Artist Illustrates Whale Tale
What is comprised of 552 illustrations, no artistic limitations and one man’s obsession with a whale of a tale? Matt Kish’s art book “Moby-Dick in Pictures: One Drawing for Every Page.”
The collective work, which got Kish onto his current path as an illustrator, was the massively ambitious task of creating an image for each page of Herman Melville’s classic novel “Moby-Dick.”
Kish started the project in 2009, and strove to create one picture a day for 552 days (the number of pages in his edition of choice). While initially a personal project, Kish’s quest gained interest when he posted his images to a blog in order to share them with friends and family, and before he knew it, Kish had a deal for his illustrations to be published upon the works’ completion.
The idea to draw a picture for every page of a beloved novel did not come out of the blue. A friend reminded Kish of his passion for Melville and “Moby-Dick.” He also was aware of artist Zak Smith’s illustrations of every page of Thomas Pynchon’s “Gravity’s Rainbow,” and was inspired to do something similar.
The creation of each of his illustrations seems to rely on the artist’s ability to make the most of the time he has after he gets home from his full-time job as a librarian.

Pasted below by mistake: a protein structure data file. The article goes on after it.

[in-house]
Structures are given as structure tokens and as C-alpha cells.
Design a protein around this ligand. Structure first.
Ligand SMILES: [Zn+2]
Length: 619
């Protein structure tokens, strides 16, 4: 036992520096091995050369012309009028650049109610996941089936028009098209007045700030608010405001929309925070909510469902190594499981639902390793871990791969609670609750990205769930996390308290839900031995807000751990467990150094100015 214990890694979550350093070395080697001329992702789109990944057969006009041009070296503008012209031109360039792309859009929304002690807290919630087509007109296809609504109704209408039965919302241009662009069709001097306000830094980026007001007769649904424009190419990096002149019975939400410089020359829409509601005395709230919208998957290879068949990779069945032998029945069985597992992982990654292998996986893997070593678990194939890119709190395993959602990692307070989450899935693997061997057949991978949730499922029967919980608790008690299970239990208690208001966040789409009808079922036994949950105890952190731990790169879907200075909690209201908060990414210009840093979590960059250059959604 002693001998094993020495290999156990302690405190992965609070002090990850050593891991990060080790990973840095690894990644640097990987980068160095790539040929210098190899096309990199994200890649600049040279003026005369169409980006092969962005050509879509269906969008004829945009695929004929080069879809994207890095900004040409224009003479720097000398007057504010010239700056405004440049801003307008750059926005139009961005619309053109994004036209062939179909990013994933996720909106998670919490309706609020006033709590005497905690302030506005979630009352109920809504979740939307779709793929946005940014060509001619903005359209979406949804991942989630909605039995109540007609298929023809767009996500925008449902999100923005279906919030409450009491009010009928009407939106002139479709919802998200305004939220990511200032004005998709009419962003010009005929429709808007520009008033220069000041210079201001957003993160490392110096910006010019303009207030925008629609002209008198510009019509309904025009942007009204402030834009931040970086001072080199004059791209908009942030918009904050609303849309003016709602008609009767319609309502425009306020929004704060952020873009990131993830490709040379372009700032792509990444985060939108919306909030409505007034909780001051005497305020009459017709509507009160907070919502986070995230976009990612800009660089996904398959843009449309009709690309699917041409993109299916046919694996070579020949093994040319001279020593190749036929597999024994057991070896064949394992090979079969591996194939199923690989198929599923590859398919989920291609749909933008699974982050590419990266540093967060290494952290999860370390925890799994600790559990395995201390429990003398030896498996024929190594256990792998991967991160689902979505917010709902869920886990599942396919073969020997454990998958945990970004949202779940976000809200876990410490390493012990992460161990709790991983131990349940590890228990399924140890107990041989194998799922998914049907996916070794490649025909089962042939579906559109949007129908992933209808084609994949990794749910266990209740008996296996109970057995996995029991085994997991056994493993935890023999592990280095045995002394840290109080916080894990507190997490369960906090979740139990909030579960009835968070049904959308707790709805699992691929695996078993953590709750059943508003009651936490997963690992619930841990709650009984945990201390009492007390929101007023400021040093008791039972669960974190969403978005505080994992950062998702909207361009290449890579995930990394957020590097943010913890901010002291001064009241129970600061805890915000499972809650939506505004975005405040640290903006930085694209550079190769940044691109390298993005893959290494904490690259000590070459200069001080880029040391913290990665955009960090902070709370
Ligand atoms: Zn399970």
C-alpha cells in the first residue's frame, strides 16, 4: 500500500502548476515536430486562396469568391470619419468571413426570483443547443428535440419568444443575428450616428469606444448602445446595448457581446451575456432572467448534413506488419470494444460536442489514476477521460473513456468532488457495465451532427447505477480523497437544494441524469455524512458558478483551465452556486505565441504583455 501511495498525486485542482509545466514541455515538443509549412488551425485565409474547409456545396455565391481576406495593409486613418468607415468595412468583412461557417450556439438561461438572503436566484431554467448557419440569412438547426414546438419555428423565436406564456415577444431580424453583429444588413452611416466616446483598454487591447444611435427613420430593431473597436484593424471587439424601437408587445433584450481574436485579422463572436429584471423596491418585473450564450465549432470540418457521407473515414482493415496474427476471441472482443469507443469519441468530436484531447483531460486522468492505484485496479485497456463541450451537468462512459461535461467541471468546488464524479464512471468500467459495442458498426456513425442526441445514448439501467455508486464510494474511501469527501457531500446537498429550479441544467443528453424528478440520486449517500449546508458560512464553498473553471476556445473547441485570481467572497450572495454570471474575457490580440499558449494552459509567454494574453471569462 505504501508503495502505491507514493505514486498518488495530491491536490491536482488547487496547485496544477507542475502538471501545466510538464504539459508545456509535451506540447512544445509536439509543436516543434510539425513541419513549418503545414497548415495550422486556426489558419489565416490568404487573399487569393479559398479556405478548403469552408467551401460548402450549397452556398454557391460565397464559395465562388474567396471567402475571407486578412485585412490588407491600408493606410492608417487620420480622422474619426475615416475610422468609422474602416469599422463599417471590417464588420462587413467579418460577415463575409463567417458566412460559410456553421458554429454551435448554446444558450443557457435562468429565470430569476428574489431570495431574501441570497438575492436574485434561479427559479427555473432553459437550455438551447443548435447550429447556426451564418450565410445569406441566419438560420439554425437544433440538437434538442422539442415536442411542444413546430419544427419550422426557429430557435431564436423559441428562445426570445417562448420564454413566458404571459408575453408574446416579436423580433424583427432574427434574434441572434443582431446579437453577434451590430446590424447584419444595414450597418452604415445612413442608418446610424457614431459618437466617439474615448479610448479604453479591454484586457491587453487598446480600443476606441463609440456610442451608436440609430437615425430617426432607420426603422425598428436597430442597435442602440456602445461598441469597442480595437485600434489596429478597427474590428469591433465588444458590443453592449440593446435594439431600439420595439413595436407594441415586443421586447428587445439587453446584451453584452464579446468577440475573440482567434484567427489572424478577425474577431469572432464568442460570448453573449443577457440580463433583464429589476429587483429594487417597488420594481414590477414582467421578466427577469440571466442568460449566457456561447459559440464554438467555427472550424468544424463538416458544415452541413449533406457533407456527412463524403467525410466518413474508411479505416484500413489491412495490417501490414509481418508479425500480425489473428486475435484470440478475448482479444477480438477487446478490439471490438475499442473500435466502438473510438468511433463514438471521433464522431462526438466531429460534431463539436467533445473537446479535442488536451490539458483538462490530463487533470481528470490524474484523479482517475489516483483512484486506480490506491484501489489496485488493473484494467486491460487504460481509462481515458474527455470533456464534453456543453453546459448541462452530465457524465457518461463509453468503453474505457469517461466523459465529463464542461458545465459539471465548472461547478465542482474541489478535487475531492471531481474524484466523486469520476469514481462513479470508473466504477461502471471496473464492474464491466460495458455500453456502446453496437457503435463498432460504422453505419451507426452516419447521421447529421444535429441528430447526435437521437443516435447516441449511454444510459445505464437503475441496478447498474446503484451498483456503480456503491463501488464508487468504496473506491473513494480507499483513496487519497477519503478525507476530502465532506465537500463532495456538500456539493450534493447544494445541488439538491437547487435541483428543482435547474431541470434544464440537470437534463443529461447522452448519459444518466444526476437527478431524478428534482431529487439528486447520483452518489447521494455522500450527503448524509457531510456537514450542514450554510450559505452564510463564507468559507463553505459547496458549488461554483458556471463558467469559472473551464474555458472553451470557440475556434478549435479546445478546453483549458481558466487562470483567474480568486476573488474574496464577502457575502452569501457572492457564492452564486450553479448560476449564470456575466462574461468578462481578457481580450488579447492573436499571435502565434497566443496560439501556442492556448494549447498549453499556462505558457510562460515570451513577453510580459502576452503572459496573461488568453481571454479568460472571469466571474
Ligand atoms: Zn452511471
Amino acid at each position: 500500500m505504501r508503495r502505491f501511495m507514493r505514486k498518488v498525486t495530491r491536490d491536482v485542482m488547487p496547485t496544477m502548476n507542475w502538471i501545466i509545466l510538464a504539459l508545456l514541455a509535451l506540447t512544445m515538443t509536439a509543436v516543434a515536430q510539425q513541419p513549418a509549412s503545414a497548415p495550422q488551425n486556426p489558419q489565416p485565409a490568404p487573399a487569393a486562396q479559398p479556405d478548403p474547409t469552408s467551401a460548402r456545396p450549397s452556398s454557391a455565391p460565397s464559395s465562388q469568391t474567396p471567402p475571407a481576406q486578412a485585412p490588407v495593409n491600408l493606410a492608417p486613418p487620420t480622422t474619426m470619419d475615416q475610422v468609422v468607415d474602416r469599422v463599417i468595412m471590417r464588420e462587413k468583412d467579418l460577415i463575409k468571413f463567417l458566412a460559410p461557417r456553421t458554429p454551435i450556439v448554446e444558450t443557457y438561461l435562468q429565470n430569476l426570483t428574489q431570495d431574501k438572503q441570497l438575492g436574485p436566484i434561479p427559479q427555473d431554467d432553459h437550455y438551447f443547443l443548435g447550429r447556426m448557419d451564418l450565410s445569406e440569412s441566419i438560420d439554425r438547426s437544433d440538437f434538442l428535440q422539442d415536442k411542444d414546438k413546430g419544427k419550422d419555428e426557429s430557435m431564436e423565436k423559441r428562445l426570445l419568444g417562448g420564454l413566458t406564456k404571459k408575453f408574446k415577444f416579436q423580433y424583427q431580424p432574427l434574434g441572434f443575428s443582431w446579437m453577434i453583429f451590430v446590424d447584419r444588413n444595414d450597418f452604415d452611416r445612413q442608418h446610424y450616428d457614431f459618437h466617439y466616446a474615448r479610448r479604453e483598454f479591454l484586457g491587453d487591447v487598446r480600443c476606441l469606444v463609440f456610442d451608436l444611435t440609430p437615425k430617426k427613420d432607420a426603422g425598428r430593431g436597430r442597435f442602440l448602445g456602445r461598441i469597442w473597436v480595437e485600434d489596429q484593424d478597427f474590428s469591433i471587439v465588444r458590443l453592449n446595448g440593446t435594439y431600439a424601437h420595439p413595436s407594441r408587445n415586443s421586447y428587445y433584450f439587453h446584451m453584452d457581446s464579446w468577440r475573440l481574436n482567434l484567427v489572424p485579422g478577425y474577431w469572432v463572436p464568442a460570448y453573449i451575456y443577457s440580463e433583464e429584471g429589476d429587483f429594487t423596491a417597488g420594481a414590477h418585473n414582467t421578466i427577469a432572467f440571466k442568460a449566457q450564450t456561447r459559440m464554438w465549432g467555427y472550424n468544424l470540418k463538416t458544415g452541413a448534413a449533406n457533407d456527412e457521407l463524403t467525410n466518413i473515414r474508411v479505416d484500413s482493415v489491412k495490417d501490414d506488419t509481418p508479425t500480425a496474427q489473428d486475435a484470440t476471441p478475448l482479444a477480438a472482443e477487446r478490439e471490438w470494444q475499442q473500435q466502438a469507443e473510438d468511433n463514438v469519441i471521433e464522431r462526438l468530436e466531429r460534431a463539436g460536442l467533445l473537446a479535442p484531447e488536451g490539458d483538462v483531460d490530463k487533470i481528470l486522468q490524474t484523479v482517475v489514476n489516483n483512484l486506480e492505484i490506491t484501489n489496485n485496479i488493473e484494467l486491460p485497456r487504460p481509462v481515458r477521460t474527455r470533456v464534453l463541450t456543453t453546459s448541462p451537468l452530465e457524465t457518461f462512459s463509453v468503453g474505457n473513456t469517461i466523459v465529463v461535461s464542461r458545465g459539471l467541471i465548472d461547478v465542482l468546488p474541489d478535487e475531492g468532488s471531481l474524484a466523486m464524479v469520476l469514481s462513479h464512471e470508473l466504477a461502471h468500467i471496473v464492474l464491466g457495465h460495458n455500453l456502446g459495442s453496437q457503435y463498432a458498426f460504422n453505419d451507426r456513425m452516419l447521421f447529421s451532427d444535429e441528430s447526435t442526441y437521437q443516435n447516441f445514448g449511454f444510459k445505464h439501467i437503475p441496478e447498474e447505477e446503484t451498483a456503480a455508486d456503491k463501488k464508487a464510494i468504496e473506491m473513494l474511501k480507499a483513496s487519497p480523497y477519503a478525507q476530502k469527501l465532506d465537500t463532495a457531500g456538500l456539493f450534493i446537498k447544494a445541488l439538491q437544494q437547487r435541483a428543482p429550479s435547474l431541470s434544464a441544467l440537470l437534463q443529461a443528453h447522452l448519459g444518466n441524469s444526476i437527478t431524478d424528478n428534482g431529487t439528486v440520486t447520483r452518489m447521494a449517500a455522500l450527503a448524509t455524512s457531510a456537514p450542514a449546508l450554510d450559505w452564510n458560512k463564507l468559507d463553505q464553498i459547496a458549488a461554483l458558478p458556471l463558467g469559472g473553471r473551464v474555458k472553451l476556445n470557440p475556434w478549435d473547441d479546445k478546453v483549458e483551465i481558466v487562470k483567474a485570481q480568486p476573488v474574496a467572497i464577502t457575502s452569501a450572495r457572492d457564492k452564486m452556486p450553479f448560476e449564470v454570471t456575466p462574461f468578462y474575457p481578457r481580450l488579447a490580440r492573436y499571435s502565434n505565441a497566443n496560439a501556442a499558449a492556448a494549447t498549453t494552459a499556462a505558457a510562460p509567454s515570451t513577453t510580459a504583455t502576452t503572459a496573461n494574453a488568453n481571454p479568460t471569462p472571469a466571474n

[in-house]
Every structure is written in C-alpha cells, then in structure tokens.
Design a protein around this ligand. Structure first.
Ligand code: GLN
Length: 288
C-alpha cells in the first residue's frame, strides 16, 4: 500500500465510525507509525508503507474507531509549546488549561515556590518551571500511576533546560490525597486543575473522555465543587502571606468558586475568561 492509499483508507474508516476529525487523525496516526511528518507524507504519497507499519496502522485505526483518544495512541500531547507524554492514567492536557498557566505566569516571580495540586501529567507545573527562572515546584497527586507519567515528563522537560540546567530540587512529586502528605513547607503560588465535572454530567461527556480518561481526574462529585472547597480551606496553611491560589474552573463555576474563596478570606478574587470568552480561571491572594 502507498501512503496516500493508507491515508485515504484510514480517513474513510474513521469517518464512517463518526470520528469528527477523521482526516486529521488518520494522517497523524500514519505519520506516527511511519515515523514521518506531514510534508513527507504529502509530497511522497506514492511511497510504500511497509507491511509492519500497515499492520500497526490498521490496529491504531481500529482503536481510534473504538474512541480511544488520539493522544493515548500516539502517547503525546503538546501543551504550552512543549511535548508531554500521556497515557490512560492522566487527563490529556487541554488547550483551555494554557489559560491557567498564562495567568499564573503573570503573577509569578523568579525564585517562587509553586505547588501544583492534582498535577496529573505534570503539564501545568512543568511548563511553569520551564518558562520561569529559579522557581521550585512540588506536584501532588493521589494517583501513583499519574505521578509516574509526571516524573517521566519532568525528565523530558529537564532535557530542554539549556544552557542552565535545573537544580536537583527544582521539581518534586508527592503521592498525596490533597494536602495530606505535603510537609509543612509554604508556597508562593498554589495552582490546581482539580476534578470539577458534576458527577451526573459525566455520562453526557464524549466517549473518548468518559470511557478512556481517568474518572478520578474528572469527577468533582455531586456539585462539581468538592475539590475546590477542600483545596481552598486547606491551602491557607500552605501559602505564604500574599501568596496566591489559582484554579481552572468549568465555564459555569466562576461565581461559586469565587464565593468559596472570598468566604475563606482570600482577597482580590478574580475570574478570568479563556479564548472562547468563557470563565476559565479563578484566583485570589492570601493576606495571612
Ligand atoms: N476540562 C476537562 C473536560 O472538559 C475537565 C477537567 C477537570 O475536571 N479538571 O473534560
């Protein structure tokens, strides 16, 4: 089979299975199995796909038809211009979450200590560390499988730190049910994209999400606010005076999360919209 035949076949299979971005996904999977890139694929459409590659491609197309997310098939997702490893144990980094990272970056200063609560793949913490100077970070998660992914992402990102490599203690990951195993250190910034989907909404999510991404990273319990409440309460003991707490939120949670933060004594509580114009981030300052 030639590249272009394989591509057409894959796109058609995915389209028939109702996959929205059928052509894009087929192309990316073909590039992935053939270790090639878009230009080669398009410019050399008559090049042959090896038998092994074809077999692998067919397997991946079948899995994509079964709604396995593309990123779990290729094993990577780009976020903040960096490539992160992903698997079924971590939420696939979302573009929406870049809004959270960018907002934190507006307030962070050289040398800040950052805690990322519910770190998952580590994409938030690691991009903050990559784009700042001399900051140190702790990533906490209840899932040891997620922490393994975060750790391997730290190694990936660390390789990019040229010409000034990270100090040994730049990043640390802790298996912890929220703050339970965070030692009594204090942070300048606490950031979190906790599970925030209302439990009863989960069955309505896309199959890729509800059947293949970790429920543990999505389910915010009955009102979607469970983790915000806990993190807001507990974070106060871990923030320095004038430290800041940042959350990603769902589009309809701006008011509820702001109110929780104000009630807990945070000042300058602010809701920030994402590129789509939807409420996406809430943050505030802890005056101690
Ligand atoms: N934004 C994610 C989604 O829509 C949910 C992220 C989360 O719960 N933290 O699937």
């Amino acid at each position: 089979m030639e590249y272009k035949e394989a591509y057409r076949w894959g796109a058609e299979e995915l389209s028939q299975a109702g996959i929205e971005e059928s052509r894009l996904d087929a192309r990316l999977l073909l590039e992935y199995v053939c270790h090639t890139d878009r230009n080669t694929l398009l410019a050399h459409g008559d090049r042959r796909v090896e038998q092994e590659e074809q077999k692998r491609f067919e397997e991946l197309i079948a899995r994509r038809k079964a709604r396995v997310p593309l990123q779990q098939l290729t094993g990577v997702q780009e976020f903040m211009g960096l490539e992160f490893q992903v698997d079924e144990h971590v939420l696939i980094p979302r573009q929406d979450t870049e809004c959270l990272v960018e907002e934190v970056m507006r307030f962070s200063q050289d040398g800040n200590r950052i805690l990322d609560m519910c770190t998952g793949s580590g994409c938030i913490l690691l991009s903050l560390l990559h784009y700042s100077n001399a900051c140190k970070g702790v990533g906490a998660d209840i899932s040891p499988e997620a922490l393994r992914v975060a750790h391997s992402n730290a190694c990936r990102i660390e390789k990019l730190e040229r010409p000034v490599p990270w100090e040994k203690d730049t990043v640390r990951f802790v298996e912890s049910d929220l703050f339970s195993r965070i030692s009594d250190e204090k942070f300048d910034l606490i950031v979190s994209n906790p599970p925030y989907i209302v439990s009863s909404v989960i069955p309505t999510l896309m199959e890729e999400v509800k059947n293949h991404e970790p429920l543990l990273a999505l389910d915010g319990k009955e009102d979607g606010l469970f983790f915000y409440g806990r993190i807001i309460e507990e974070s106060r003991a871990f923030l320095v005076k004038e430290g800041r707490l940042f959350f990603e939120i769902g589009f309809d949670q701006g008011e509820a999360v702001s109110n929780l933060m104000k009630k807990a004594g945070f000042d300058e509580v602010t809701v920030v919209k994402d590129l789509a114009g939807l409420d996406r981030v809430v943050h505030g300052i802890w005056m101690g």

In a recent interview, Kish said, “If all goes well, I spend that work-day not goofing around too much by thinking about art, but just letting it sort of marinate in my head; and then I get home and I eat dinner, and I usually go to the studio and I work right away for several hours.”
When he’s being really productive, Kish says that the long nights are worth it and “it doesn’t feel like work.”
That being said, Kish’s illustrations may not be everyone’s cup of tea. In accordance with the self-taught nature of his art, Kish’s images often resemble naïve art, art that is more abstract and may appeal to the emotions. Throughout the collection of images is a strong thread of primary colors that help create bold and graphic imagery.
In the forward of the art book, Kish said, “All of the whalers and sailors became abstract, metal, ship-like constructs, while the harpooners were pure predators of flesh and blood. The whales were monsters, each and every one of them.”
Kish did not just draw and paint, but layered his images over found paper to add to the complexity of his representations, as well as using photography collage and just about any artistic tools he had at his disposal.
In addition to his illustrations for “Moby-Dick,” Kish also illustrated Joseph Conrad’s “Heart of Darkness,” Amber Sparks and Robert Kloss’ “The Desert Places” and Italo Calvino’s “Invisible Cities.” Examples of Kish’s works can be found online on his personal website: spudd64.com.
Kish also has a show lined up at the Contemporary Arts Center in Cincinnati next year from April through August that will feature new work. This time, his project is focusing on the brief introductory section of “Moby-Dick,” which consists of 80 excerpts of works such as the Bible, poetry and Shakespeare, all of which mention a whale or whales. Kish will integrate the text with his images by illustrating each excerpt to give the pictures greater emphasis.